Parker Peevyhouse

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18 Comments

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18 responses to “Mary Kole on Urban Fantasy

  1. Loved this post! Especially since my new book (after Sea) is paranormal romance.

  2. Awesome post, Mary and Parker!
    I am looking forward to new and different twists on urban fantasy.

  3. This is a great post, and extremely timely for me, since the book I’m writing is an urban fantasy with a smidge of romance thrown in. No vampires, though. Hah!

  4. Never! And the last two vampire books I read? Salem’s Lot and Dracula. :-)

  5. Natalie Aguirre

    Thanks for the great interview Mary & Parker. I found your definition of urban YA helpful in distinguishing it from magical realism. I feel clearer of the distinction than I had in the past. Thanks.

  6. Thanks for this post, and also for your comment about MG fantasy. It’s clear what is what when you think about Twilight versus something like the Nine Pound Hammer, but it’s harder when you get into works that are on the border.

  7. Erin Edwards

    This is great – the best label I had seen for what I was writing was urban fantasy, but somehow it never sounded right to me. Now I know, it’s magical realism.

  8. @ Jay Eckhart,

    “I” am what you should be writing about if you want to get published..
    You need to wise up and get with the program, son.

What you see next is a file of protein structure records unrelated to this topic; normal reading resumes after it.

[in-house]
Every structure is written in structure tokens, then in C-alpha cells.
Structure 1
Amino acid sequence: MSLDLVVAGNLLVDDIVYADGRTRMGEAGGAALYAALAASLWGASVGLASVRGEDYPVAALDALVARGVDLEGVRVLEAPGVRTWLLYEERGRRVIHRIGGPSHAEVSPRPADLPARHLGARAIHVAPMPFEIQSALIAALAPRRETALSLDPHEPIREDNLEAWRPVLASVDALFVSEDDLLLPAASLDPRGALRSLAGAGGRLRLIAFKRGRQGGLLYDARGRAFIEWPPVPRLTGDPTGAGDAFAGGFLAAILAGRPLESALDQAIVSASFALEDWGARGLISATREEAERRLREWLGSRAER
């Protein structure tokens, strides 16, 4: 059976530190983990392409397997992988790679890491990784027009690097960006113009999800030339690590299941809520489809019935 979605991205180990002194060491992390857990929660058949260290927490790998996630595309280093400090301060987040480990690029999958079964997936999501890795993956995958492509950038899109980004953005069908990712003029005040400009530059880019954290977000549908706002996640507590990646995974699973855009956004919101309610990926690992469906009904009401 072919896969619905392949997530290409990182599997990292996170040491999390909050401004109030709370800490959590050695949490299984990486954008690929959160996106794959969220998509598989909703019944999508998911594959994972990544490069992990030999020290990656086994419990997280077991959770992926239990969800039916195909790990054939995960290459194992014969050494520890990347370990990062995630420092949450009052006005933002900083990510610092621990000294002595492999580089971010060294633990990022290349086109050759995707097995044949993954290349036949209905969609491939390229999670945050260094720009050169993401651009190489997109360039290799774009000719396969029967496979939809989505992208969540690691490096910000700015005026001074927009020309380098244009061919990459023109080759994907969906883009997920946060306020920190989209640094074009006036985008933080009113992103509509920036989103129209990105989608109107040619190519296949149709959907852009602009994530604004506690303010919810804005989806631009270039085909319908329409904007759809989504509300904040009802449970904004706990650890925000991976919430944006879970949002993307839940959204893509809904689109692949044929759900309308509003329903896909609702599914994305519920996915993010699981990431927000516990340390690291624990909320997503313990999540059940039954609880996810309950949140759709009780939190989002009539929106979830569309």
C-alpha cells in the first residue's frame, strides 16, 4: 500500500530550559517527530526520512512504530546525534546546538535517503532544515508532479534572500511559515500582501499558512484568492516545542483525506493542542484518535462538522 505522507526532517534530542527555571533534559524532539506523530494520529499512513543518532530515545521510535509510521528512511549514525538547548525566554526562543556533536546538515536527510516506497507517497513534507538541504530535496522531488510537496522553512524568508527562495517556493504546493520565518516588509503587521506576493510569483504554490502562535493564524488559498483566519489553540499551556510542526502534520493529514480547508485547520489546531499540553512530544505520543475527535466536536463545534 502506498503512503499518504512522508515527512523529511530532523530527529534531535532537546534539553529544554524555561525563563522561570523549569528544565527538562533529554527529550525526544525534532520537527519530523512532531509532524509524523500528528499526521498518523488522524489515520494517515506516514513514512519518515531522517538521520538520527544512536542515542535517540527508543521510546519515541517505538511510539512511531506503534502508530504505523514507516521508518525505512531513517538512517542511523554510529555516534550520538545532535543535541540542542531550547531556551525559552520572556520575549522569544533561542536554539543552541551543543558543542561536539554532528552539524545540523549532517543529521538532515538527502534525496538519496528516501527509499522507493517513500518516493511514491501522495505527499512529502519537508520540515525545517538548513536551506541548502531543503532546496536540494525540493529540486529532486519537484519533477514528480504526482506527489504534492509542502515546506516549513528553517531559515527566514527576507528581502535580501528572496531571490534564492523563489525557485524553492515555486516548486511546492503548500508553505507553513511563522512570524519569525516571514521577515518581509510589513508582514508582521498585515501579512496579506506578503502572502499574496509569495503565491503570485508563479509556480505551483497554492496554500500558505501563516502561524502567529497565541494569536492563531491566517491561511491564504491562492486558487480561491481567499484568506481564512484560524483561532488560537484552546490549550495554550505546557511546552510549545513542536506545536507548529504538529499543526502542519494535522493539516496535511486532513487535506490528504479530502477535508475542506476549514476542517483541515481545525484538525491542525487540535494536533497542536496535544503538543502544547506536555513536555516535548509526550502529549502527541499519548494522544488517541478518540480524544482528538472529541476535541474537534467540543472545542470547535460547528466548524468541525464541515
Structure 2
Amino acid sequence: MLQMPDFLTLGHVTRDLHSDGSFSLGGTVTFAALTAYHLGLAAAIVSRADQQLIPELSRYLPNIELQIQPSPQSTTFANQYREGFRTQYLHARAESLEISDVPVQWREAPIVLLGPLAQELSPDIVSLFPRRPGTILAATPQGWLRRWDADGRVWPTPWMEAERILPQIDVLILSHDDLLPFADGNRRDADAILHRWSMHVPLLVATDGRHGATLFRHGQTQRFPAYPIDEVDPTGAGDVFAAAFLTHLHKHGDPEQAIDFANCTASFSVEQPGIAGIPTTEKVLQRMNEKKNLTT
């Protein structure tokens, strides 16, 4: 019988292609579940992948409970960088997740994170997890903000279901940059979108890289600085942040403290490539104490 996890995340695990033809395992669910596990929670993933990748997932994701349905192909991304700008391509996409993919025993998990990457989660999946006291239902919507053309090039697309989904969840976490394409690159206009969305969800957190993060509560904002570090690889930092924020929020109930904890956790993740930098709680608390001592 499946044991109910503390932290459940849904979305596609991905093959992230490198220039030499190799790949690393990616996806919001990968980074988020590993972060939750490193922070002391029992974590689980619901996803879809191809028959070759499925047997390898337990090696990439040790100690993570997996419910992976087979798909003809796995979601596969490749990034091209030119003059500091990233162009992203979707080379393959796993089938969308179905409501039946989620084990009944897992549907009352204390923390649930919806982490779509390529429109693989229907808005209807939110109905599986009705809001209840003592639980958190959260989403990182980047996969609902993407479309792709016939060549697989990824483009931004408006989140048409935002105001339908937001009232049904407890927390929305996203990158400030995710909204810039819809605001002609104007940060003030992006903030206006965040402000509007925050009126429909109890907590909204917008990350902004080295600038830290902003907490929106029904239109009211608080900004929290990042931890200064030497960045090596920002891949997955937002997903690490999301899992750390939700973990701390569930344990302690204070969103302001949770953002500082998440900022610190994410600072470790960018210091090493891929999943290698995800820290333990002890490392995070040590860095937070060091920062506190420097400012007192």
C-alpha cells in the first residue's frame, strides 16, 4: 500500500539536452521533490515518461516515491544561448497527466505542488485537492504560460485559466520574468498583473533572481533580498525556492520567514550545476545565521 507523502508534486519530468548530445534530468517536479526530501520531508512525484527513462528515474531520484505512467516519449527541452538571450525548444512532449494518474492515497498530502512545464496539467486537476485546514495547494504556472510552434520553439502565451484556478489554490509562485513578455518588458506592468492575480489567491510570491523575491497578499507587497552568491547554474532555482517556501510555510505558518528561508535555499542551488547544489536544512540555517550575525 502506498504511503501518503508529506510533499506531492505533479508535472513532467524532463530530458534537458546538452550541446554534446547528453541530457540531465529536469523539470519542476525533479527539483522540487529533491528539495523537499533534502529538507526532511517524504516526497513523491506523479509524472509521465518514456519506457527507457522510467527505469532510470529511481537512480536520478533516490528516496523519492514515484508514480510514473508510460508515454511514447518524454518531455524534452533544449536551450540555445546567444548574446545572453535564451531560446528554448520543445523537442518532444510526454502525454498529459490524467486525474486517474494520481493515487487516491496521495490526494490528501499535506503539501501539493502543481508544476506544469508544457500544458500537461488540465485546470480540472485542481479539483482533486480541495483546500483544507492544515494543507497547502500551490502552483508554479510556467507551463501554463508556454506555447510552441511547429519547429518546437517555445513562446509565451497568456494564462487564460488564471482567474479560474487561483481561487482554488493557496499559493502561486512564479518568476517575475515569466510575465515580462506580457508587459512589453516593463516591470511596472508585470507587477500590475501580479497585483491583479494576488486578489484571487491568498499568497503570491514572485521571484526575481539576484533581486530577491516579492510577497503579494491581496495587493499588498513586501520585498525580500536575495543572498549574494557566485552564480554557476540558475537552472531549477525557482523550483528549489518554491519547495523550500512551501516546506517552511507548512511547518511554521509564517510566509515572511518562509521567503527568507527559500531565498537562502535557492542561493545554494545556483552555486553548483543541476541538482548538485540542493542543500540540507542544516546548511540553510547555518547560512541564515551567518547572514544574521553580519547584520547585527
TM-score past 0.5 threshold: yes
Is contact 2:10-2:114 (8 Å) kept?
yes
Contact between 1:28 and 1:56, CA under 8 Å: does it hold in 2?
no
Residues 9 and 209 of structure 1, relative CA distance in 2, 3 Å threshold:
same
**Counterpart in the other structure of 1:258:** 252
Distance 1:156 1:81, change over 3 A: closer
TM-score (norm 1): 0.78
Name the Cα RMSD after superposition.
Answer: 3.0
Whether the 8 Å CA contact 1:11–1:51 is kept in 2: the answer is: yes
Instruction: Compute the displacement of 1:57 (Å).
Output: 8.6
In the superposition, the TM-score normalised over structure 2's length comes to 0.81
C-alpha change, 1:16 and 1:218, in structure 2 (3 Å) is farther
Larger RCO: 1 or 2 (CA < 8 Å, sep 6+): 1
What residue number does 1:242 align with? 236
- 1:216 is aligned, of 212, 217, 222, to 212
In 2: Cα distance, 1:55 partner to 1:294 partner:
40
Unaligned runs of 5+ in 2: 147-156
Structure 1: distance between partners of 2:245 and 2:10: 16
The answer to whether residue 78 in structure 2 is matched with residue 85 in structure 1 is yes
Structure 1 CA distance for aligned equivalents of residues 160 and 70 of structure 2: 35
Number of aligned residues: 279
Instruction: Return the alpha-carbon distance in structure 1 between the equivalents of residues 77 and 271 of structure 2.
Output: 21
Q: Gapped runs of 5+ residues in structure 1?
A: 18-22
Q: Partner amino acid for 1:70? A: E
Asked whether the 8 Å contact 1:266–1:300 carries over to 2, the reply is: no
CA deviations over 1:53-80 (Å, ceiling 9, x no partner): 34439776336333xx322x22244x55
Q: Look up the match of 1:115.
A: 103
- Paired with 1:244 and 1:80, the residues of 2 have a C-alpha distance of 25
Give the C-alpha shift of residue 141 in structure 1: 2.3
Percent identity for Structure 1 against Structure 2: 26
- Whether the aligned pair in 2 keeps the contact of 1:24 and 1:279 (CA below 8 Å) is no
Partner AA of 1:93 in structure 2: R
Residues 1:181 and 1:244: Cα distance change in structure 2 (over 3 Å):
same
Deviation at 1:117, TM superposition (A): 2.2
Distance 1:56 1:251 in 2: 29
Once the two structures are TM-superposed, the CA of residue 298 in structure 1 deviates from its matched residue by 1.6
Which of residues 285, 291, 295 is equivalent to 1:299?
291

BAHAHAHA!

  9. I’ve just discovered this genre and I’m wondering if this is what I’m writing. Three blokes (they’re in England) discover a plot to turn a Northern decaying holiday resort into a seedy, tacky and depraved town buy building casinos. They have to save the universe by Sunday night because they need to be back at work on Monday morning. There is no romance to speak off, although one character has to steal a chastity worn by a gangster’s moll.

    What there is, is a lot of occult: tarot, ouija boards, candle lit rituals in hooded robes, divinations and the like. Most of this doesn’t result in obviously supernatural outcomes but absurd and unexpected coincidences that move them slowly toward (or away from) their objective. The whole weekend is against the backdrop of rapidly rising crime and decaying society.

    Do you think that counts as urban fantasy?

    • Parker Peevyhouse

      Sounds a bit rowdy for urban fantasy–too funny/absurd. I would just label it fantasy, or maybe paranormal. Not really sure! I suppose you could just call it fiction and then explain that there are some occult elements involved.

      • Thanks, that’s good feedback. I seem to be cursed by originality. I’ve been likened to an occult version of Douglas Adams and I’m currently asking readers of my blog to give me some clues as to which comparisons I should use. The most popular suggestion so far is Fear and Loathing in Las Vegas meets Harry Potter for grown ups with a bit of Illuminatus trilogy thrown in. Trouble is if you can’t give it a category the industry won’t touch it with a barge pole.

      • Parker Peevyhouse

        I think if you give it a very broad category, agents and editors will narrow it down from there if they think that’s necessary. There’s nothing wrong with creating a “brand” for your readership, though.

  10. Great post. I’ve sometimes felt that Urban Fantasy is kind of a tough genre to pin down. I thought this was very helpful/articulate. Much appreciated.

  11. Mary,
    Have you changed your agency?

  12. Thor

    Nice post, but I think this is from before Urban Fantasy and Paranormal Romance became concrete subgenres. I think part of this only applies to PNR, but nice post anyway :)